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Health plans terminate contracts with EHS and transition patients to other entities



January 30, 2018
Area(s) of Interest: Payor Contracting Payor Issues and Reimbursement 

As previously reported, the California Department of Managed Health Care (DMHC) issued a cease-and-desist order on December 26, 2017, requiring nine health plans to terminate their contracts with Employee Health Systems (EHS) Medical Group Inc. This order comes after SynerMed—a company closely affiliated with EHS—was accused of blocking patient access to specialists to hold down costs.


EHS has 600,000 patients statewide—90 percent of whom are Medi-Cal managed care patients. As required by DMHC, health plans affected by this order were required to submit a transition plan by January 3, 2018, and have begun the transfer all EHS patients to different health care providers, due to be completed by February 5, 2018.


EHS reports to the California Medical Association (CMA) that provider capitation checks for January have been issued and all fee-for-service payments to physicians will continue uninterrupted through the end of January. Additionally, the health plans have representatives onsite at SynerMed to ensure the timely exchange of authorization data and that enrollee and physician inquiries are being addressed appropriately.


Other groups affected by the health plan terminations are Multicultural Medical Group, a San Diego based independent medical association acquired by EHS in late 2017, and Inland Valleys IPA, acquired by EHS in 2009.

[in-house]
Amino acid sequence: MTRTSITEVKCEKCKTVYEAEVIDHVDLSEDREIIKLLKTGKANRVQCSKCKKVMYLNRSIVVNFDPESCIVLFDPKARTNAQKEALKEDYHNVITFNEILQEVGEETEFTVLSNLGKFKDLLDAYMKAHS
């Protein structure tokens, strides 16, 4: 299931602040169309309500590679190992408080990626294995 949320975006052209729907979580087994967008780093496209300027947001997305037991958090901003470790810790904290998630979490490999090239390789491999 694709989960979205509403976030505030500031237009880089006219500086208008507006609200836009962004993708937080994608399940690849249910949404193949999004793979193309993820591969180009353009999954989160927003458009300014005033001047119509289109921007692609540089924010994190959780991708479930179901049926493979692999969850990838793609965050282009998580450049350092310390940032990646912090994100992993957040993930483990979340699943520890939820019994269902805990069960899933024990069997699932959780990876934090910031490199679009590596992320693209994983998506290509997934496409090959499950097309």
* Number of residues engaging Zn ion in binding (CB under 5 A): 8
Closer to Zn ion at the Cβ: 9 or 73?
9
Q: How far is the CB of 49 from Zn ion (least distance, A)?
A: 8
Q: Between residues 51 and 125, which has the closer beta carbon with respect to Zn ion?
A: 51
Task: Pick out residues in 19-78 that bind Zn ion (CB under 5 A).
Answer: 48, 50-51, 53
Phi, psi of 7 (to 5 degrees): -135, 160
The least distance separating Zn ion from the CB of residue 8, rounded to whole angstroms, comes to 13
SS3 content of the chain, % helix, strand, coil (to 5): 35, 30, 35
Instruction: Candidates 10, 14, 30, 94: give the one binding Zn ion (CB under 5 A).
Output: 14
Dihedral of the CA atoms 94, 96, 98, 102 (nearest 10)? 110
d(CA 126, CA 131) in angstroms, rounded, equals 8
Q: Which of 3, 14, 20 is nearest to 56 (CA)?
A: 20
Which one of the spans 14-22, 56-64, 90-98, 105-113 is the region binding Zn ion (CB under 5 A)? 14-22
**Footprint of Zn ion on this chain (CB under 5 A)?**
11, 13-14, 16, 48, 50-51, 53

CMA is working with the health plans to ensure claims for services that were authorized by EHS, Inland Valleys IPA and Multicultural Medical Group, but performed after the termination dates, are still honored by the plans. CMA has also requested enrollee transfer documents through a public records request.


Physicians should be diligent in obtaining updated insurance information from patients and verifying eligibility at the time of scheduling, if possible, to avoid unnecessary patient confusion and denials of payment for services rendered.


Patients may also be able to continue to see their physicians, even if they are not contracted with the patient’s new delegated entity, under California’s continuity of care law. Under continuity of care laws, patients with an acute condition, serious chronic condition, duration of a pregnancy, duration of a terminal illness, care of children between birth and 36 months, or for the performance of a surgery or other procedure that has been authorized, may qualify to request continuity of care. To request continuity of care, patients should call the health plan number on the back of their ID cards.


For more information on continuity of care requirements, see CMA On-Call document #7051, “Contract Termination By Physicians and Continuity of Care Provisions.”


Practices experiencing problems with EHS, Inland Valleys IPA or Multicultural are encouraged to contact CMA’s Reimbursement Helpline at (888) 401-5911 or economicservices@cmadocs.org.

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